Coenzyme Q10, (CoQ10) is a nutrient that is responsible for healthy cell growth!
It’s naturally synthesized by the body through the liver. It can be found in the foods we eat like beef, chicken and pork, fatty fish such as trout, herring, mackerel, and sardines. It’s even found in some veggies, fruits, and legumes, nuts, and seeds.
Why Should You Care?
CoQ10 serves two primary functions. It fuels the mitochondria – the ‘energy powerhouses’ of our cells. It also provides antioxidant protection to help keep free radical damage at bay!
An Energy Enzyme
Our bodies require a constant supply of energy. This energy currency is known as adenosine triphosphate or ATP. ATP is synthesized through a series of biological processes in which oxygen is used to break down the food we consume and convert it into a usable source of energy! Pretty cool, right?!
Most ATP production takes place in the mitochondria. CoQ10 is the necessary spark plug for ATP synthesis. If we don’t have a spark plug, we won’t have energy production. No energy? Houston, we have a problem…!
CoQ10 is an antioxidant that helps provide protection against free radical damage to cellular membranes and to our energy producing mitochondria!
Although some free radicals are produced because of normal metabolism, free radical damage can be accelerated by a diet that is high in processed foods, including oxidized fats from vegetable and seed oils, low nutrient intake, lack of physical exercise, smoking, chronic stress, infections, and exposure to environmental toxins and chemicals.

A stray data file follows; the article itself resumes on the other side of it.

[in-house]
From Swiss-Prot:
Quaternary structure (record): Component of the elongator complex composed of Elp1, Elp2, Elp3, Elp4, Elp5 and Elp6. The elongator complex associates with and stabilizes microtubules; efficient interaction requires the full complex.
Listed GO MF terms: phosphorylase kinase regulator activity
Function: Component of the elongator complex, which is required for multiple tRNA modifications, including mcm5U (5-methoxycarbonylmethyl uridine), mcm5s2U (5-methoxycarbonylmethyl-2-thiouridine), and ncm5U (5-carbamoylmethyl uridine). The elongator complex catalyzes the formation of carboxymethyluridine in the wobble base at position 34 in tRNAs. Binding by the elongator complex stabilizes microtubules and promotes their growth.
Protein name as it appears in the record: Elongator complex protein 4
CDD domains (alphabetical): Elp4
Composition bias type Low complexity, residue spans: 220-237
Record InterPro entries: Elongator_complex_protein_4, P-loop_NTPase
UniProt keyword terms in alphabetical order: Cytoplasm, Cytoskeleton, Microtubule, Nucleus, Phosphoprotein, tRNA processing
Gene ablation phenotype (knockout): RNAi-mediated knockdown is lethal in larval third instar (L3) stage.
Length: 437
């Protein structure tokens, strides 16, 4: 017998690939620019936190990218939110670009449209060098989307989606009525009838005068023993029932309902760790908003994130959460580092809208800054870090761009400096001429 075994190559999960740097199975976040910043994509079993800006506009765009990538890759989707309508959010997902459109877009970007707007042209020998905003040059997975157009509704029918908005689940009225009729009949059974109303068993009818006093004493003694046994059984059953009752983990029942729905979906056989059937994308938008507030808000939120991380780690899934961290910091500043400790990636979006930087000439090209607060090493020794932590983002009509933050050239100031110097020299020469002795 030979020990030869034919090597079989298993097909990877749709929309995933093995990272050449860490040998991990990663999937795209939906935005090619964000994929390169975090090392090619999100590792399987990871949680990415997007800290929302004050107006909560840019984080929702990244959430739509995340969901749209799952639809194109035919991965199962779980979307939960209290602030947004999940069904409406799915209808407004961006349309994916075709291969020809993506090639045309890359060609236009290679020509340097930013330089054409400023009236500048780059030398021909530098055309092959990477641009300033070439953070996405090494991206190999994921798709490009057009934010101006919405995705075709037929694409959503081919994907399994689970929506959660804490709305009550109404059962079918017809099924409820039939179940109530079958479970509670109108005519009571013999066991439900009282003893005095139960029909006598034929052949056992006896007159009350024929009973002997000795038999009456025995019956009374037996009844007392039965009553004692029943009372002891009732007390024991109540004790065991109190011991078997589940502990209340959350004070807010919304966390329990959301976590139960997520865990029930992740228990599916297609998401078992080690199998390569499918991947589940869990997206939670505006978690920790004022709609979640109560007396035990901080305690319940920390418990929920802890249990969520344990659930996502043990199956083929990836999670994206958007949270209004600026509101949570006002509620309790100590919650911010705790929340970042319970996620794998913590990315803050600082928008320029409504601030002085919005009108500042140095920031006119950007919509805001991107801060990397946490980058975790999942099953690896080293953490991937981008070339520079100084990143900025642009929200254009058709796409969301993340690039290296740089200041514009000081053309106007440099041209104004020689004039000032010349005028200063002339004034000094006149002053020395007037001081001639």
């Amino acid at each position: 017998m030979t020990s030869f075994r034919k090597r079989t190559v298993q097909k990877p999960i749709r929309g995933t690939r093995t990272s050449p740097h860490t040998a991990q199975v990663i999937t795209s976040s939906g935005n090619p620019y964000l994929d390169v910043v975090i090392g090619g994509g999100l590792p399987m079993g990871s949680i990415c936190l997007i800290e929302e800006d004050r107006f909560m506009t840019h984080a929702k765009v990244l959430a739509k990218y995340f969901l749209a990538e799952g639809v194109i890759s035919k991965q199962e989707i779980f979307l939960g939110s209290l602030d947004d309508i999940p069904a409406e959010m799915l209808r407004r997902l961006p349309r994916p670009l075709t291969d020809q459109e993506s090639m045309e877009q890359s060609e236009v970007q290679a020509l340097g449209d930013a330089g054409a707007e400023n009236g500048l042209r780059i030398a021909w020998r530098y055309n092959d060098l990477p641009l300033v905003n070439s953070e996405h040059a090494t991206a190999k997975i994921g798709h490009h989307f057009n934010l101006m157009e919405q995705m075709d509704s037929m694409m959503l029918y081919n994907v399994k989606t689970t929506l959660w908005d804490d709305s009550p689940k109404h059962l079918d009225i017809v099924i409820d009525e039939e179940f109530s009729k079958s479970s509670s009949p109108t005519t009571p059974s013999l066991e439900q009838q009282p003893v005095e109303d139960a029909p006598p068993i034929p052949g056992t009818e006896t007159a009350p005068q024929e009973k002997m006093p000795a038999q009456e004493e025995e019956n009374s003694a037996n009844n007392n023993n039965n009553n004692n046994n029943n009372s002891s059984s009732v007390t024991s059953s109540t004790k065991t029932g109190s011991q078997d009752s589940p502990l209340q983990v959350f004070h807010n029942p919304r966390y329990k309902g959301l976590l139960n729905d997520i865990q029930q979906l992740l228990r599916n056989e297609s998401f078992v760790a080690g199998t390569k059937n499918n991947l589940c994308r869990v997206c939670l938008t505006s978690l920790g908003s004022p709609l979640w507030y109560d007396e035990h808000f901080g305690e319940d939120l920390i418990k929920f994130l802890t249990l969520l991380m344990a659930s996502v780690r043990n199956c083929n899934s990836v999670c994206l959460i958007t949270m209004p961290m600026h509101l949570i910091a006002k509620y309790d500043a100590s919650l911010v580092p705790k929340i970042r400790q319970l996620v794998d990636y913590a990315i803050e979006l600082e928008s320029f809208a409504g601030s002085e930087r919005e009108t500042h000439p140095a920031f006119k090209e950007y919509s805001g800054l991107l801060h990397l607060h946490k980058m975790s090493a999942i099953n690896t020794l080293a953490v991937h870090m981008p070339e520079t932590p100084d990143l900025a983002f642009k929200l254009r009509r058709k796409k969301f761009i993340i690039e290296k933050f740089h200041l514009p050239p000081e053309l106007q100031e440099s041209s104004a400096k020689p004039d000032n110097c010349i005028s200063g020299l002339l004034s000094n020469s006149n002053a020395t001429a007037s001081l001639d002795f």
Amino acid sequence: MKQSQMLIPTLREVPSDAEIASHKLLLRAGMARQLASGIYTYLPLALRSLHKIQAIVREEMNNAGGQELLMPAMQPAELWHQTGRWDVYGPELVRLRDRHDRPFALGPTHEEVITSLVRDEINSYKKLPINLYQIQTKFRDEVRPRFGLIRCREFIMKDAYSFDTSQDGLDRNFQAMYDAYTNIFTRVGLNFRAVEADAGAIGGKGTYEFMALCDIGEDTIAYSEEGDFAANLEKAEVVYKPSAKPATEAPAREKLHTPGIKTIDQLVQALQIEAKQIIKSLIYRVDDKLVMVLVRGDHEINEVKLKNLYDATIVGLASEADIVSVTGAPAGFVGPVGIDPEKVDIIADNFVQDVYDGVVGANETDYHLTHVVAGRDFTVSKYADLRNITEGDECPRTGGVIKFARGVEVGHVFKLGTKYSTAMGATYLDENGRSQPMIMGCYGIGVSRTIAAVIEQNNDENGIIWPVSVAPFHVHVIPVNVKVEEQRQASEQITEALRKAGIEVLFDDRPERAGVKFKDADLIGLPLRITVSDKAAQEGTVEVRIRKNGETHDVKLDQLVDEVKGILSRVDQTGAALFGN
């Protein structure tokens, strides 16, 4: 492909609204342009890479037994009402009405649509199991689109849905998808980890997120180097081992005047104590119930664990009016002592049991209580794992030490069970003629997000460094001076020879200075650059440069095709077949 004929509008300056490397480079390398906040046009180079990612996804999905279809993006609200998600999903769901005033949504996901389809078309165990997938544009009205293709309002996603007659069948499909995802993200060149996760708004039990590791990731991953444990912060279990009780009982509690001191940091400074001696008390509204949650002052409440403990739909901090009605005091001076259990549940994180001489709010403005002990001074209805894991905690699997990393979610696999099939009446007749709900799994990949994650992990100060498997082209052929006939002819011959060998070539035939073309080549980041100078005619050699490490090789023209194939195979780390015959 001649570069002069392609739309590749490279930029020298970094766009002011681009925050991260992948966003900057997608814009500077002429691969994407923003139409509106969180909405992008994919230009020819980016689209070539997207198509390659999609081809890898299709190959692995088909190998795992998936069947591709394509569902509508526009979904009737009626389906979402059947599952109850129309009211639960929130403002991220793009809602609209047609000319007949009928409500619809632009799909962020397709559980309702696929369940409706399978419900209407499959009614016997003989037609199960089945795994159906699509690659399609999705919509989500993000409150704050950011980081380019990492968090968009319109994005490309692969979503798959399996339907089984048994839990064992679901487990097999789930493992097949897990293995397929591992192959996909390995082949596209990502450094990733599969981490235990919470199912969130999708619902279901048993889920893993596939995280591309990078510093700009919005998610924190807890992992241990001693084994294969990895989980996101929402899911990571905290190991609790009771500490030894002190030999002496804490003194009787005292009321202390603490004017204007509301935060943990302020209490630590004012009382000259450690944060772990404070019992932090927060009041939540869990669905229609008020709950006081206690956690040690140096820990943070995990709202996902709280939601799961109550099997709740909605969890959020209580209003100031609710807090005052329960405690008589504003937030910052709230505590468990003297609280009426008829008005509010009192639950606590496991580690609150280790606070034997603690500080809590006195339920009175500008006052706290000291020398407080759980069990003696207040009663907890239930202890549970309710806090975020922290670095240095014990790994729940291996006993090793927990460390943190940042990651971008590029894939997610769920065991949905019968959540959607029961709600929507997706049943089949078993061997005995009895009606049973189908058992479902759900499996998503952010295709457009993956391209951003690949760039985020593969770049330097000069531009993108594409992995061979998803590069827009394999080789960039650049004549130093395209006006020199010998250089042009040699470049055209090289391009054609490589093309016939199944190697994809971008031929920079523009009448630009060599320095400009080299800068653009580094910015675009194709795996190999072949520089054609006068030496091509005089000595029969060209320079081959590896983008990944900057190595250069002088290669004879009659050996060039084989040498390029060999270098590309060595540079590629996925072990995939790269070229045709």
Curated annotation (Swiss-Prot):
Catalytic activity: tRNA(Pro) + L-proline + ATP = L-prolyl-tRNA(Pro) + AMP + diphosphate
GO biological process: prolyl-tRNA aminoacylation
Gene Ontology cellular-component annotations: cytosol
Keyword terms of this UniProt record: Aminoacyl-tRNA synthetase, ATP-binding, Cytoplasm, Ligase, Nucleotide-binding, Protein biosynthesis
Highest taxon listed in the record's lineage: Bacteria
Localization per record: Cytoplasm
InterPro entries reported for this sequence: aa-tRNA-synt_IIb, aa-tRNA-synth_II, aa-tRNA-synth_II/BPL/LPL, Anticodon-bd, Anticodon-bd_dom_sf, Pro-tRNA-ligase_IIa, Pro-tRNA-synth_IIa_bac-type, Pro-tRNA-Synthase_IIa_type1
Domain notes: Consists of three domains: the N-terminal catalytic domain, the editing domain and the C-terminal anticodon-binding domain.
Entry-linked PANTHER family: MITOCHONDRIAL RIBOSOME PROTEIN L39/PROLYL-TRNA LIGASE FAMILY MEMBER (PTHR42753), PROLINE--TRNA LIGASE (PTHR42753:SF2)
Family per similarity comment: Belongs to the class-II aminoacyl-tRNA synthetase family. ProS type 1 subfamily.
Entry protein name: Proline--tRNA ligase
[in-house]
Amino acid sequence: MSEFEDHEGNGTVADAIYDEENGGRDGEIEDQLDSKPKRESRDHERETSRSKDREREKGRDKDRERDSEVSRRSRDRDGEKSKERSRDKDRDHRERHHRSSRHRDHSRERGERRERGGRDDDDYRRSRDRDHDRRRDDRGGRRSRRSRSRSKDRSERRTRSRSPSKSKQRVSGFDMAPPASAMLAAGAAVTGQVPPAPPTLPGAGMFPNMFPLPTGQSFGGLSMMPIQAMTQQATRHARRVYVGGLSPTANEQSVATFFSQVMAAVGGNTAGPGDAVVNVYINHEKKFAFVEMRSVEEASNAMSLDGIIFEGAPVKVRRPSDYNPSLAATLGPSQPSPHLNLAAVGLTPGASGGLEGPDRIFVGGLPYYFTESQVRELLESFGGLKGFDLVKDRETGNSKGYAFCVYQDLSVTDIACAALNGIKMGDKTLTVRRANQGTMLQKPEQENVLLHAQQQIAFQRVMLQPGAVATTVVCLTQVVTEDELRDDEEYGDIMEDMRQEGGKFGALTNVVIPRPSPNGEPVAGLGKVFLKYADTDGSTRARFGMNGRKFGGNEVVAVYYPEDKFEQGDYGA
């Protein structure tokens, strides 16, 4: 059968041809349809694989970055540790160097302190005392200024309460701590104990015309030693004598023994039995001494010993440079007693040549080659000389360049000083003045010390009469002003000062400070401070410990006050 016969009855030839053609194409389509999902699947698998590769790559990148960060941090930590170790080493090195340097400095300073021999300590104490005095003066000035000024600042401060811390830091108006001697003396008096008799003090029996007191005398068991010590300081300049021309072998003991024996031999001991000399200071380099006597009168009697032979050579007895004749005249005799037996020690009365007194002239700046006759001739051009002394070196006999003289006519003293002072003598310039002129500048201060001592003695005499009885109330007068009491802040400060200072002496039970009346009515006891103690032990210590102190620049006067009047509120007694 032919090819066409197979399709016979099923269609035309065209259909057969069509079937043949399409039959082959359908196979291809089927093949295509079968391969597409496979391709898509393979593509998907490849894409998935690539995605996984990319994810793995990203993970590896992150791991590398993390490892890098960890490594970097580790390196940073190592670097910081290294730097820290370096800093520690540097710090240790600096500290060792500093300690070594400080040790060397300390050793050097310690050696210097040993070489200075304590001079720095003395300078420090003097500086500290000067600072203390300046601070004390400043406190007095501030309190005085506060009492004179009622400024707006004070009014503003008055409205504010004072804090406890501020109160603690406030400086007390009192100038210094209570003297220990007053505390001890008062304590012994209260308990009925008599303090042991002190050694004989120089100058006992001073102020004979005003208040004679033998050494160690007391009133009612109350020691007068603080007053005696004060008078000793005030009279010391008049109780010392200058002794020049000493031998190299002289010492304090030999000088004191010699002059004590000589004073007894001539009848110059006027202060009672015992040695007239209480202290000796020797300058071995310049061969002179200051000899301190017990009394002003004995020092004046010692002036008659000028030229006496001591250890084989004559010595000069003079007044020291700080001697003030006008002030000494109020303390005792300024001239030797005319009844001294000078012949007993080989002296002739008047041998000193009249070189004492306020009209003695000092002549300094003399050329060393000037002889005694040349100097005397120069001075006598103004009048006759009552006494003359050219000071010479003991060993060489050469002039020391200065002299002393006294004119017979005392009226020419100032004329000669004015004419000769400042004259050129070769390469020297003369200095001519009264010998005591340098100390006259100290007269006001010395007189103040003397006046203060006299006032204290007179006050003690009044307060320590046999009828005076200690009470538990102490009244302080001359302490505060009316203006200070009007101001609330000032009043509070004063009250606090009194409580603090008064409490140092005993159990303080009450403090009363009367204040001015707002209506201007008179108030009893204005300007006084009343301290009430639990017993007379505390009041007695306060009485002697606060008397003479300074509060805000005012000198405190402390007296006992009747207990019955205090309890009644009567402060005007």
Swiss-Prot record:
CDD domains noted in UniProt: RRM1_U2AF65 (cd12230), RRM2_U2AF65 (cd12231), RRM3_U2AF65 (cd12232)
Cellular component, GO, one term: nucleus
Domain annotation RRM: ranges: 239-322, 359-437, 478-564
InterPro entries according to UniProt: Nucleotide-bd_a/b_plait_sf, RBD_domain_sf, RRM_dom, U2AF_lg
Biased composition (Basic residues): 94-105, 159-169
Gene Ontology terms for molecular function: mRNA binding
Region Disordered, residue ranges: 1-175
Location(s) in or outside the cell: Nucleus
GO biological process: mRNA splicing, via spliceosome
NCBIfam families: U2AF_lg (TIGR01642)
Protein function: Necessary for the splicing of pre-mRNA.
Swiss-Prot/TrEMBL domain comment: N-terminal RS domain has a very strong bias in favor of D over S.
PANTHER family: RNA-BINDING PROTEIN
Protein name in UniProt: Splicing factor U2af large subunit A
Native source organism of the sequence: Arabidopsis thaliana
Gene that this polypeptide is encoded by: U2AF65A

Chronic oxidative stress starts to occur when there are too many circulating free radicals within the body and not enough antioxidant support to offset them. Over time, excessive oxidative stress leads to premature and accelerated aging, declining health and possible progression of various cardiovascular and neurological conditions involving damaged tissues and cellular dysfunction.
What’s unique about CoQ10 is that within the body it naturally possesses the ability to restore itself back to an oxidized state (ubiquinone) after acting as an antioxidant for floating free radicals. In all its inherent wisdom, our bodies can naturally produce ubiquinone and convert it to ubiquinol as required. Pretty cool, don’t you think?
But that’s not all CoQ10 does! It’s important for heart and reproductive health, blood sugar regulation, it can help with migraines and headaches, and it can even help to boost the immune system!
How Can You Prevent Declining CoQ10 Levels?
Around the age of thirty-five, our ability to naturally produce CoQ10 begins to decline. But there are things you can do to help prevent this!
Make sure to eat lots of fruits, veggies, and CoQ10 rich foods (like the ones we mentioned in our intro!). It’s especially important to get lots of B vitamins from foods like whole grains, meat, eggs, legumes, seeds and nuts, and dark leafy green veggies!
How Can You Supplement CoQ10?
Just like in the body, CoQ10 can be found in supplement form!
CoQ10 Ubiquinol in Supplement Form
We know that in the body the oxidized form of CoQ10 is known as ubiquinone, and this form can be converted into an active form — known as ubiquinol.
Ubiquinol in supplemental form may provide greater antioxidant protection because it can be readily used (no need for conversion!). However, ubiquinol in supplement form can also be highly unstable and there is potential for this form to revert to ubiquinone, if it oxidizes.
Innovites’ Inno-Q-Nol® is the most bioactive form of coenzyme that features a patented process to help shield stability against oxidation. This involves a three-tier approach that keeps ubiquinol stable. It includes ascorbyl palmitate (vitamin C) to stop internal oxidation, medium chain triglycerides oil for overall stability, and annatto seed extract within the capsule to prevent against external oxidation.
Have you heard of CoQ10? If you’ve got questions ask them below!